There’s a terrific moment midway through Rounders in which Mike McDermott (Matt Damon), a wizardly young cardsharp, describes what it’s like to play a hand of poker against your basic, everyday sucker — the kind of blind amateur you’d find clinging to the $5 tables in Atlantic City. The sucker, or fish, inevitably thinks that he’s got the game all figured out. ”If a fish acts strong,” explains Mike, ”he’s bluffing. If he acts meek, he’s got a hand.” Simple as that. What’s nifty — and funny — is the way that Mike lays out, and ridicules, a style of bargain-basement deception that’s probably about as far as most of us ever get in poker.
Mike has gotten a lot farther. He’s a great poker player, and not just because he can count cards or maintain a face as noncommittal as the Buddha’s. Mike watches the other players and, in effect, reads their minds. With each card dealt, he drinks in the reaction of his competitors — the microscopic glints of anxiety and satisfaction that let you know, if you’re a savvy enough student of human nature, just what’s going on in the hand of the person across the table.
Mike, a Manhattan law student, is a born hustler, or ”rounder,” who earns his tuition in high-stakes backroom card games. Poker, not law, is his passion, and the fun of the movie is the way it puts us right inside the psychological rush of the game. In Rounders, poker is a contest of will, deception, and daring, and the luck of the draw is virtually beside the point. It’s a duel of psych-outs, with the bluffs layered on top of other bluffs, then undercut by the biggest bluff of all: the hand that turns out to be exactly what the player implied it was (and therefore shouldn’t have been). For most of Rounders, we hardly see the hands being dealt, and that mirrors what’s going on in Mike, who barely needs to see those cards. He’s betting on the eyes of the players.
It may seem a bit much that Matt Damon is playing yet another genius, after Good Will Hunting, but Damon is a magical actor. His mind, as sharp and focused as a laser, beams out of the face of a vivacious choirboy, and, in nearly every scene, he invites you to share the jet-propelled pleasure of his precocious agility. No actor since Tom Cruise has made all-American cleanness so charismatic. During the card games, Damon speaks to us on the soundtrack, throwing insider poker lingo around like confetti and making the audience his coconspirators, and it’s one of the rare occasions of inspired voice-over. We’re hungry to know what’s in this kid’s mind.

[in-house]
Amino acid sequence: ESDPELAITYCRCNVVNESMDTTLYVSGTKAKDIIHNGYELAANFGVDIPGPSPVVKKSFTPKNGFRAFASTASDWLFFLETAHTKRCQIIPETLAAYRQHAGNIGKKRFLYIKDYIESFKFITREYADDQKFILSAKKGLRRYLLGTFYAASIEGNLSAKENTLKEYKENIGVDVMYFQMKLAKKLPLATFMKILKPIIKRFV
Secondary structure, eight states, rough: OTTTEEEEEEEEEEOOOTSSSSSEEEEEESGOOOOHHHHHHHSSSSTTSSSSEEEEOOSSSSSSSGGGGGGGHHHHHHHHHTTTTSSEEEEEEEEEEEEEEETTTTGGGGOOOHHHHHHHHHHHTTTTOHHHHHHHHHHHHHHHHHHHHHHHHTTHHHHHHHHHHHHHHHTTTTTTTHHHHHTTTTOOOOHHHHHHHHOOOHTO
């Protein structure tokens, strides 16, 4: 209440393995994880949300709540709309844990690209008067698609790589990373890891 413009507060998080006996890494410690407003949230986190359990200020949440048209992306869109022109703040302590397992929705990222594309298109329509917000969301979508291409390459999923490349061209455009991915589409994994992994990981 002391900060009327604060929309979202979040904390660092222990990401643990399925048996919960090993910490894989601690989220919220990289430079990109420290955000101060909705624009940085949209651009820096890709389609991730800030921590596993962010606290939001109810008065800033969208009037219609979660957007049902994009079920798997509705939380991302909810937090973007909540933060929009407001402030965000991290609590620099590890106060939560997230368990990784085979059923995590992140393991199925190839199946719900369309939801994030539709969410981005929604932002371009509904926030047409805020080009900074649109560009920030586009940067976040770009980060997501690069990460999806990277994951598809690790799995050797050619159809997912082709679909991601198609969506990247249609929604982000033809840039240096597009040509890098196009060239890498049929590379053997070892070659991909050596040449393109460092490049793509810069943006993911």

Directed by John Dahl (The Last Seduction), from a script by David Levien and Brian Koppelman, Rounders doesn’t have much of a plot. Mike, after one too many hustles, loses his girlfriend, played by newcomer Gretchen Mol (who’s like a lacquered Renee Zellweger with an even littler-girl voice), and he hooks up with his old pal Worm (Edward Norton), a sleazy, scruffed-out hellion who has just gotten out of the slammer. Worm is in debt to a local mobster, and keeps getting into more debt; the only one who can save him is Mike, the straight shooter who’d never let a buddy down. If the story sounds familiar, it is — it’s yet another Mean Streets Lite. The ”bond” between Mike and Worm is, by now, a rather flimsy convention. Still, the two characters are convincingly in thrall to the excitement of gambling, and the film makes that addiction palpable. Norton, cast in what might have once been the Sean Penn role (hideous shirts, screw-you attitude), gives Worm a shifty, amphetamine soul and a pleasing alacrity — at the Taj Mahal in Atlantic City, Worm looks for a hooker just so that he can focus his concentration. Norton’s performance never really goes anywhere, but that’s okay, since the story is just an excuse to lead the characters from one poker table to the next.
Rounders, in the end, doesn’t have quite enough wild cards. There’s a good, tense scene in which Mike and Worm get caught hustling at a table of cops, but, for the most part, we know just where the story is headed: to the inevitable, bet-it-all, gambling-as-metaphor-for-life showdown. The film’s zestiest surprise is the succulent hambone theatrics of John Malkovich, who plays Teddy KGB, a slovenly Russian poker whiz, with an arrestingly cheesy malevolence and an accent as thick as Moscow fog. Funny? You bet, but anyone who laughs this performance off hasn’t registered how deeply the mischievous Malkovich is in on the joke. He’s Rounders’ ace in the hole. B